New Age Islam News Bureau
24 November 2020
• Pakistani Actress Mahira Khan, Makes It To 'BBC 100 Most Inspiring Women'
• Two Saudis Among 6 Exceptional Female Scientists From GCC Recognized
• Maternity Leave UAE: Private Sector Women Get Five Extra Days
• Saudi Arabia’s Hadaf To Train 1,200 Women In Beauty Business
• ‘Muslim Women Are Everything’ Turns the Page on Stereotypes
• Interfaith Couples Uneasy As 'Love Jihad' Storm Rages, Gathers Force
• Shamima Begum Still A National Security Threat, UK Supreme Court Told
• Saudi Ladies International Confirmed For 2021 After Hugely Inspiring Debut Tournament
• Sheikha Bodour Becomes First Arab Woman To Be Appointed President Of International Publishers Association
Compiled by New Age Islam News Bureau
Love And Jihad Don't Go Together: MP and Actor Nusrat Jahan
Nov 24, 2020
Photo tweeted by @ians_india
Trinamool Congress MP from Basirhat and actor Nusrat Jahan slammed the Bharatiya Janata Party (BJP) for using religion as a political tool to consolidate their support base ahead of the West Bengal Assembly elections due next year.
She also spoke about ‘love-jihad’ dubbing it two separate things that have no correlation. The Trinamool parliamentarian said that "love" and "jihad" are two different things that do not go hand-in-hand. She said it is a matter of personal choice who wants to be with whom.
"Love is very personal. Love and jihad don’t go hand-in-hand. Just before polls, people come up with topics like this. It is a personal choice who you want to be with. Be in love and start falling in love with each other. Don’t make religion a political tool," Jahan said in reply to a question during a media interaction here.
The Bengali actor-turned-politician is married to businessman Nikhil Jain.
Earlier, Jahan had participated in the festivities of Durga Puja for which she came under severe attacks by radical Islamists for committing a ‘sin’ and bringing disrepute to Islam.
The issue was that the actress was seen playing the dhaak, folding hands before Goddess Durga and dancing to the beats of dhak (improvised drums) in celebration of Bengali’s biggest festival Durga Puja this year.
Pakistani Actress Mahira Khan, Makes It To 'BBC 100 Most Inspiring Women'
November 24, 2020
BBC has released the list of its 100 most influential women of 2020 and Pakistani celebrity Mahira Khan is a part of it. "In a year of incredible change, it is only fitting that we acknowledge the female leaders who have helped us weather the storm," stated the outlet while releasing the names.
As for the reason why Khan was shortlisted, the network acknowledged that she "speaks up about the causes and issues that matter to encourage change."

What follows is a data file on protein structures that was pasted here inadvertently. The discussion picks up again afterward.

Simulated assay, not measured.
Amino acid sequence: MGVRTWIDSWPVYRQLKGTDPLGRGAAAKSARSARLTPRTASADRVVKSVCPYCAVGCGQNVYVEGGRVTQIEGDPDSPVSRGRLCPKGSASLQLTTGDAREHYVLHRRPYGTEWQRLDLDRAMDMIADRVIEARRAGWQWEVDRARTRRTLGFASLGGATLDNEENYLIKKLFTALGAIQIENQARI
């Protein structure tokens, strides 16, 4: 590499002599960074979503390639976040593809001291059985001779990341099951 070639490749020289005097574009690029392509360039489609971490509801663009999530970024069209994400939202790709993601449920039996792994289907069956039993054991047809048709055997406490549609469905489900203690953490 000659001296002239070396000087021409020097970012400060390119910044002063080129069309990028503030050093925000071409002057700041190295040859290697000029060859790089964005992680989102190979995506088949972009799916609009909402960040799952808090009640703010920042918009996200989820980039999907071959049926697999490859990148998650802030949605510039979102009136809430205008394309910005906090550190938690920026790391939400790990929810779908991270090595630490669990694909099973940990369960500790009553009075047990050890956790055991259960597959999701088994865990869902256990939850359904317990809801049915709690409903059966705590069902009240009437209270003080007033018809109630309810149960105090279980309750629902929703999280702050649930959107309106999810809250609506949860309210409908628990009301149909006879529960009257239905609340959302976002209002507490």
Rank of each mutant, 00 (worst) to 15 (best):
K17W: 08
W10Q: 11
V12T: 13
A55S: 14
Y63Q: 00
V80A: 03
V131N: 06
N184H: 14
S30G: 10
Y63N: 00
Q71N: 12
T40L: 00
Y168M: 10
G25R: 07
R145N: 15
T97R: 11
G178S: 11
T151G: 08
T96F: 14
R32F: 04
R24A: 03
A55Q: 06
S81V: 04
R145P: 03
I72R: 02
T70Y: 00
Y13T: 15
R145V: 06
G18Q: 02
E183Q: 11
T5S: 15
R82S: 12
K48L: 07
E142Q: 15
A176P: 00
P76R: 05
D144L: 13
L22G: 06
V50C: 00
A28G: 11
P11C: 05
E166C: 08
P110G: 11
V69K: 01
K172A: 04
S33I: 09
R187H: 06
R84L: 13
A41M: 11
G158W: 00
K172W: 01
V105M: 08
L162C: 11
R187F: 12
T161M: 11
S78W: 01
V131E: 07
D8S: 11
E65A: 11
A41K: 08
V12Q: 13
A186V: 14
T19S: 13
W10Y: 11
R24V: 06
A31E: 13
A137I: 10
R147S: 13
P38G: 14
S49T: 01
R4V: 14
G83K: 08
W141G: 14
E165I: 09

"Khan is no ordinary actor – she is outspoken against sexual violence, refuses to endorse skin-lightening creams and supports the fight against racism," claimed the outlet. It went on to relay the Bin Roye star's determination to "tackle social issues in her native Pakistan by changing the narrative in films and on TV."
Furthermore, BBC reinstated how Khan is a national Goodwill Ambassador for the United Nations High Commissioner for Refugees, who is "raising awareness about the plight of Afghan refugees in Pakistan."
"She’s been a firm favourite with audiences ever since starting out as an MTV video jockey (VJ) in 2006. Khan is also a devoted mother to her 11-year-old son," it concluded.
Earlier, as the UNHCR's Goodwill Ambassador for Pakistan, Khan shared a video message featuring celebs from around the world to voice the plight of refugees everywhere. "We're proud to speak up for refugees everywhere," she said. "We all have a part to play in helping somebody else., including me. What will yours be?"
"Every action counts, every voice counts," she wrote in the caption for the share.
Hollywood celebs such as Reluctant Fundamentalist star Riz Ahmed, Cate Blanchett, Ben Stiller and Benedict Cumberbatch also spoke up for the cause in the same video as Khan's.
Prior to this, on World Refugee Day, in a bid to bring global awareness to the plight of refugees around the world, Khan voiced her narrative by tweeting about Pakistan's role in hosting millions of Afghan refugees. "They've been denied a home, but we haven't denied them hope," Mahira tweeted. "Pakistan has been hosting millions of Afghan refugees over several years and continues to do so, we have given them a home within our motherland," she continued.
"When the refugees of Makkah were welcomed by the Ansar of Medina with an open heart, the tradition of brotherhood and solidarity came alive," the Raees star remarked in a follow up video. "To this day, the nation has kept these traditions alive."
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Two Saudis Among 6 Exceptional Female Scientists From GCC Recognized
November 23, 2020
The L’Oréal-UNESCO For Women in Science Middle East Regional Young Talents Program is based on the belief that the world needs science, and science needs women.
DUBAI — Two Saudi women scientists Dr. Lama AlAbdi, in the Post-doctorate Researchers category, and Asrar Damdam, in the PhD Students category, were among the six female scientists recognized in a Middle East Regional Young Talents Program.
For the seventh consecutive year, L’Oréal-UNESCO For Women in Science Middle East Regional Young Talents Program, in partnership with Khalifa University of Science and Technology, continues to recognize Arab female scientists from the GCC for their revolutionary researches in the fields of Life sciences, Physical sciences, Mathematics and Computer science.
The regional program is part of L’Oréal-UNESCO’s global initiative that has recognized over 3,400 phenomenal researchers since its inception 22 years ago.